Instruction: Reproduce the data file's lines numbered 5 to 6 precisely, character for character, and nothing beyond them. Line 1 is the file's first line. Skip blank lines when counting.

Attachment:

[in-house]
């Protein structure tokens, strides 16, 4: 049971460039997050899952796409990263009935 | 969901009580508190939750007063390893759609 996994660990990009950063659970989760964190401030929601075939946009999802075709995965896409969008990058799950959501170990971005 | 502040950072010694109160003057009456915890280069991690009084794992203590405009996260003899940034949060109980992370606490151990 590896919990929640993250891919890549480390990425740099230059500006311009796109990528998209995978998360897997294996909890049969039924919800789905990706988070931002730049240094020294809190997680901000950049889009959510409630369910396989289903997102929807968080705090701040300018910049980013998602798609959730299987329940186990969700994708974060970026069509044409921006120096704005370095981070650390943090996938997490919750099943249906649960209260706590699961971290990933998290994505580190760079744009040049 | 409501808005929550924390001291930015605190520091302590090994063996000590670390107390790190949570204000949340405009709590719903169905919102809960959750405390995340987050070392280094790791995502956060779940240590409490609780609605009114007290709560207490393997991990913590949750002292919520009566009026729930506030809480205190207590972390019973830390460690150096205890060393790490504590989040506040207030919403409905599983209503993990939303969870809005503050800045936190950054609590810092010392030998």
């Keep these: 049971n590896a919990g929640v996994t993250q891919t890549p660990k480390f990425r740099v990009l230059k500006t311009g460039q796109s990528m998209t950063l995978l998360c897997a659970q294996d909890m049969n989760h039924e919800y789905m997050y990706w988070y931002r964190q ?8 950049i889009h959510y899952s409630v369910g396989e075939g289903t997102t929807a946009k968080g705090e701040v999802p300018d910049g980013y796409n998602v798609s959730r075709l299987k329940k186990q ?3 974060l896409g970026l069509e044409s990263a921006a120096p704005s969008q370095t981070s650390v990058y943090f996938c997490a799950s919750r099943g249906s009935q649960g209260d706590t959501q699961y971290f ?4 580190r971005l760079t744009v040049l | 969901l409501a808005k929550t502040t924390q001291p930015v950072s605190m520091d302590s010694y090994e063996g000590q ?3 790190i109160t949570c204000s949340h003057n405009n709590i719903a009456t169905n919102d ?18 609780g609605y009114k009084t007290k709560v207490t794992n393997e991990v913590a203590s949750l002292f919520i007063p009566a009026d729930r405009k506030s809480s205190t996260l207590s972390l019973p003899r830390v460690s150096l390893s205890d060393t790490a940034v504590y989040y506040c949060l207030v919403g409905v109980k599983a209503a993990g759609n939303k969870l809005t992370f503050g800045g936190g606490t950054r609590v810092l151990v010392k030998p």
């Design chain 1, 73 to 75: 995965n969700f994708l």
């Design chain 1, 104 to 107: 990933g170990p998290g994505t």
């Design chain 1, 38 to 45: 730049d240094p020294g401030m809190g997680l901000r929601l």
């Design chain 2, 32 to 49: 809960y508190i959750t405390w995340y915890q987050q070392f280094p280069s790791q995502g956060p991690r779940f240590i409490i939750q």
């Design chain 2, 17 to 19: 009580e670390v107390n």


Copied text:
């Design chain 1, 104 to 107: 990933g170990p998290g994505t």
């Design chain 1, 38 to 45: 730049d240094p020294g401030m809190g997680l901000r929601l």